Get a shortbed with the I-6, four-wheel-drive, and a five-speed manual if you want maximum capability and reliability. These fun little pickups, in immaculate condition, barely break five figures, so finding one that slots in under your tax refund cap is a real possibility.
Willys Jeep Station Wagon and Truck
The Willys Jeep Station Wagon (1946-1964) and Truck (1947 to 1965), capitalized on the success and notoriety Willys gained in World War II building the MB general-purpose "Jeep." The Willys used the same 2.2-liter Go-Devil I-4 as the military Jeep and related CJ-2A, and it was available with two- or four-wheel drive. Later in the vehicle's product run, a Hurricane I-4 was available, as were the Super Hurricane and Tornado I-6 engines.
Although aftermarket parts are readily available for most Jeep models, these Willys models are party to a less comprehensive list of upgrades, owing mostly to their rarity and use as a rugged work vehicle more than a recreational plaything. Nevertheless, a four-wheel-drive Willys is still a solid off-roader, with military-inspired ruggedness baked right in. What's more, their relative simplicity and classic postwar styling make them fun and easy to own. Prices hover between $15,000 for a driver-quality vehicle and $35,000 for a pristine example.
Jeep Wrangler YJ
Ask anyone in the world to draw a Jeep, and the odds are good they'll pen something similar to the Wrangler YJ. The first-generation Wrangler (1987-1997) replaced the Jeep CJ-7, offering a touch more on-highway comfort without sacrificing off-road capability or military-inspired styling. The only caveat to that was the YJ's rectangular, sealed-beam headlamps, which many Jeep loyalists decried as heresy.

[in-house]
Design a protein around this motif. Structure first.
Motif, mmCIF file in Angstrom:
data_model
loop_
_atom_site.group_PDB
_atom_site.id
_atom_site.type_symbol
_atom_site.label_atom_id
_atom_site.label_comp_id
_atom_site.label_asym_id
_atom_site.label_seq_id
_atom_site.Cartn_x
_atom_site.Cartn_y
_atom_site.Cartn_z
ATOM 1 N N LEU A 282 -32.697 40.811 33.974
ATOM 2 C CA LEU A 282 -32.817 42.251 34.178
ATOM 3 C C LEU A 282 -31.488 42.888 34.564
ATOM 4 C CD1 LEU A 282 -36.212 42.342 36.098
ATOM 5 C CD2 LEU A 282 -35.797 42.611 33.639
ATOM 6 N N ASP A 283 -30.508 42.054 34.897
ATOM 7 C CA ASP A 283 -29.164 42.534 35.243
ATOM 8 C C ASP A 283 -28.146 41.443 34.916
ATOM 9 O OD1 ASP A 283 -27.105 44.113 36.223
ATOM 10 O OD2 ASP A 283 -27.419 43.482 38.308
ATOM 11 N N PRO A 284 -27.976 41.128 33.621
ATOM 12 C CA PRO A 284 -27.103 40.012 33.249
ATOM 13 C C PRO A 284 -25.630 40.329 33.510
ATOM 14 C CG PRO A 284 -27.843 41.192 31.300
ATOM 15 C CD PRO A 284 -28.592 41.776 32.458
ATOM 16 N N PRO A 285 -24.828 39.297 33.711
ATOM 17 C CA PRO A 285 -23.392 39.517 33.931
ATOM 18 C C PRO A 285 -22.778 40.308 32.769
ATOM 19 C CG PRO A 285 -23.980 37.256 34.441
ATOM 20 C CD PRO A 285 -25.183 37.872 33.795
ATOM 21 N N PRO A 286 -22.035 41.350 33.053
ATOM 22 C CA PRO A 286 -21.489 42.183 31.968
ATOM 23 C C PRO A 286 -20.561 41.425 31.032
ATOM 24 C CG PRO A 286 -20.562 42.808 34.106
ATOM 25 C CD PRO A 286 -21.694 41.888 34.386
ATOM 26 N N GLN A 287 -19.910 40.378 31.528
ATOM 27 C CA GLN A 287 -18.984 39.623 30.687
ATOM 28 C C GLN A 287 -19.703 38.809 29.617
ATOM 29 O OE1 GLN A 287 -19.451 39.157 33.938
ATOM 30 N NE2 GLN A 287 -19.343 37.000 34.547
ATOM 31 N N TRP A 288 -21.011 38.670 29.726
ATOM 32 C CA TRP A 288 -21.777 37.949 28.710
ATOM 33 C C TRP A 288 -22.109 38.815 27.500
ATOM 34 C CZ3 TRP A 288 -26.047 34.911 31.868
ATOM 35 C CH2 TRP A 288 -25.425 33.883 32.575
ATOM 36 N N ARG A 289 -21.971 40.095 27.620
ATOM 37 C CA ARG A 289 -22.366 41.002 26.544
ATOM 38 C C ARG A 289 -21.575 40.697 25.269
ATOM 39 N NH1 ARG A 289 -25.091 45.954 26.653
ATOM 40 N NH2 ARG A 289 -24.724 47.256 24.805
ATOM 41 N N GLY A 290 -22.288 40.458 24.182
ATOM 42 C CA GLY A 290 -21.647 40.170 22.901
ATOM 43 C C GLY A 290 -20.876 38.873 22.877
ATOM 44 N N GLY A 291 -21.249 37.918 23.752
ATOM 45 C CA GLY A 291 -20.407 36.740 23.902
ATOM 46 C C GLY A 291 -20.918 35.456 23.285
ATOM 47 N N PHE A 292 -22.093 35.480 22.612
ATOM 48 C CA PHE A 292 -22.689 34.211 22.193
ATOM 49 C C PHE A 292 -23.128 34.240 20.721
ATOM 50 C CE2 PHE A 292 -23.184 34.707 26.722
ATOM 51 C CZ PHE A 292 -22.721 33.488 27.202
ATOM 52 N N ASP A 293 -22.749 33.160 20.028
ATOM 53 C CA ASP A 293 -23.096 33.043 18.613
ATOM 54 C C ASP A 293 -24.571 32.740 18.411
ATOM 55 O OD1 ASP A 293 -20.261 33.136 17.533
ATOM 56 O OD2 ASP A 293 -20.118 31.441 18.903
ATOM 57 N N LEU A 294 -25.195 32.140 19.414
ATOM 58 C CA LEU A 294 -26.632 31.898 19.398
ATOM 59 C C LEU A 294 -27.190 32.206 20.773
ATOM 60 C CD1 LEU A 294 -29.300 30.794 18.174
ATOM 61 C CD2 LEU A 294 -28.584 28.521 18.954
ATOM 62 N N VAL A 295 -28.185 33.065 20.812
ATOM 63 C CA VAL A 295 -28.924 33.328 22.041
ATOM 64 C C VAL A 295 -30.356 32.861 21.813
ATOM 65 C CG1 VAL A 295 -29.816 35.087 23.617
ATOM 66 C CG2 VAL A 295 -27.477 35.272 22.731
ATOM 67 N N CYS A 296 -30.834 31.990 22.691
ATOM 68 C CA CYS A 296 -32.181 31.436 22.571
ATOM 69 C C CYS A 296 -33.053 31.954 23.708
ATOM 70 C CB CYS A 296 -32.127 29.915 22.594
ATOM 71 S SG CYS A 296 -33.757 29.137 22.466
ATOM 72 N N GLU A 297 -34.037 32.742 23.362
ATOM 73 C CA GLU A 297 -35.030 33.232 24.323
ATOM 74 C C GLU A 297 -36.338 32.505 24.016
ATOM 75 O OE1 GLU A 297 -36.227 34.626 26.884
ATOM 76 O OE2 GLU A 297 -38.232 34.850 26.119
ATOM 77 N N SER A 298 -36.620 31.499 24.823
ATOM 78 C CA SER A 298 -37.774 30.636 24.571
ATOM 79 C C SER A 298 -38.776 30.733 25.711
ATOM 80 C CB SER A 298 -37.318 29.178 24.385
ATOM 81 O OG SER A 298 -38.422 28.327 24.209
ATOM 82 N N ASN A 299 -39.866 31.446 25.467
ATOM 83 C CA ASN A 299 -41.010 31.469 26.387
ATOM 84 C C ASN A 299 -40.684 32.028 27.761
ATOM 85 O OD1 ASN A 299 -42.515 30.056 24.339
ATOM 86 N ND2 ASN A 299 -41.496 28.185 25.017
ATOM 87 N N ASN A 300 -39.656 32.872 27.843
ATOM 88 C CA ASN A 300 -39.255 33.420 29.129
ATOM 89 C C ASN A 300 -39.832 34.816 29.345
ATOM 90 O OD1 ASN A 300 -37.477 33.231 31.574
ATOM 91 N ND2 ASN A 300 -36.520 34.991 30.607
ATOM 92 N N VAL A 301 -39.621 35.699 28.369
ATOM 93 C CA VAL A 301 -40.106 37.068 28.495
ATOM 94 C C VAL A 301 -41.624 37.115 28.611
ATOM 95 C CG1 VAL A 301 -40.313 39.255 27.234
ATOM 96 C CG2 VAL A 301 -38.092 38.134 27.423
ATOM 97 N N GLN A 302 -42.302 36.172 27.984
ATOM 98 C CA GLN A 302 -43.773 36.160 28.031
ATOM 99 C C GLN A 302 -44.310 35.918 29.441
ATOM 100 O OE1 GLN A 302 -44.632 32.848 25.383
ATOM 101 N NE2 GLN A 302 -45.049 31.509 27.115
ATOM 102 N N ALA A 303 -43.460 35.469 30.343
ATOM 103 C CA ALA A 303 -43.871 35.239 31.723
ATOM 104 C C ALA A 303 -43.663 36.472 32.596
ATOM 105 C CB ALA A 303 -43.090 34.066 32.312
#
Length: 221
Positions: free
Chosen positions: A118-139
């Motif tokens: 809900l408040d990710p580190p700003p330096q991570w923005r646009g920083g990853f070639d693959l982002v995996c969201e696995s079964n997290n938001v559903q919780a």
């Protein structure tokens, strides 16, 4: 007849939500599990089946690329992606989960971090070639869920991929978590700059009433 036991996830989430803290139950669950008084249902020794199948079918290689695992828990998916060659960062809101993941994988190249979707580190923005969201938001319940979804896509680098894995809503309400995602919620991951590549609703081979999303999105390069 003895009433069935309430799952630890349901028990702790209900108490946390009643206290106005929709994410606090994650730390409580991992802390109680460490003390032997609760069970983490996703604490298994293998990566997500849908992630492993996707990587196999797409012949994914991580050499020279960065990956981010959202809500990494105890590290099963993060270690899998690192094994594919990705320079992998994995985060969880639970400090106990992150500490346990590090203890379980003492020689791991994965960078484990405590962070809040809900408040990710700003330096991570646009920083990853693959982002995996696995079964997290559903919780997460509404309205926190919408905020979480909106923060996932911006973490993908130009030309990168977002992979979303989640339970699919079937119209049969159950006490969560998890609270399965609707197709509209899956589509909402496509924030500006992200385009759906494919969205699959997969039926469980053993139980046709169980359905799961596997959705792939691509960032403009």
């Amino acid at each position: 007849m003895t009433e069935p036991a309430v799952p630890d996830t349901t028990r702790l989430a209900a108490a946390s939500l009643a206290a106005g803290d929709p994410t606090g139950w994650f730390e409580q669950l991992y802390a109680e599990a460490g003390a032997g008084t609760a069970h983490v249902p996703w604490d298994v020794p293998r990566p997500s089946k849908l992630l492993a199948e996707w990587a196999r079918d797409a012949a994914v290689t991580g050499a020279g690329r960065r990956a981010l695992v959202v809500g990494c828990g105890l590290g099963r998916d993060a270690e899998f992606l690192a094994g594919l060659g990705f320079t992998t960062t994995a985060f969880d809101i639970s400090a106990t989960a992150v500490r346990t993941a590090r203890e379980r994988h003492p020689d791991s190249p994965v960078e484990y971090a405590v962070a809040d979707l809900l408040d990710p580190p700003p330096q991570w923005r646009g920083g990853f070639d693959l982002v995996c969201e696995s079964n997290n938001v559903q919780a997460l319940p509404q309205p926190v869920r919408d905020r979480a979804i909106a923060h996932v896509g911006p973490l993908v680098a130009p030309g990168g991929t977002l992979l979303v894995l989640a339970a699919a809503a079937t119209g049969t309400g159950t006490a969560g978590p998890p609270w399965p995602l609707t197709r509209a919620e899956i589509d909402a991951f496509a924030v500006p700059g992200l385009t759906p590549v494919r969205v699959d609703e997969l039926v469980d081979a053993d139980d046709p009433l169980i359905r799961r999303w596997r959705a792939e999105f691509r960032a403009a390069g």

As such, prices for the Jeep Wrangler YJ are a bit more palatable relative to either the classic Jeep CJ-7 it replaced or the slightly more modern Jeep Wrangler TJ that came later. The Wrangler YJ offered a choice of familiar engines: the 2.5-liter AMC I-4 came standard, while the 4.2-liter AMC I-6 was optional until 1990, when it was replaced by the 4.0-liter I-6 for 1991. Two-wheel drive came standard, but most models were equipped with four-wheel drive. A variety of special models was available, including the oh-so-1990s Renegade package that came with chunky, body-color fiberglass fenders. The Wrangler YJ can be had for $4,000 in scruffy, driver-quality condition.
The Jeepster Commando offered a retro take on off-roading in the 1960s, reviving the Jeepster name that was last used in 1950 for a unique, on-road convertible with Willys MB-inspired styling. Unlike its predecessor, the new-for-1967 Jeepster Commando offered four-wheel drive, as well as an optional Buick-sourced Dauntless V-6 engine. The standard Hurricane 2.2-liter I-4 was actually quite similar to the Go-Devil four found in the original Jeepster.
For 1972, "Jeepster" went away, and the SUV was now known simply as the Jeep Commando. The year also brought a significant restyling, doing away with the signature seven-slat grille and separate fenders in favor of a more conventional front clip that recalls the contemporary Chevrolet Blazer. 1972 also brought a new standard engine, the 3.8L AMC 232 I-6. Optional were the 4.2L AMC 258 I-6 and the 5.0L AMC 304 V-8. A good Commando will cost about $15,000, making it a respectable purchase for a buyer on a budget.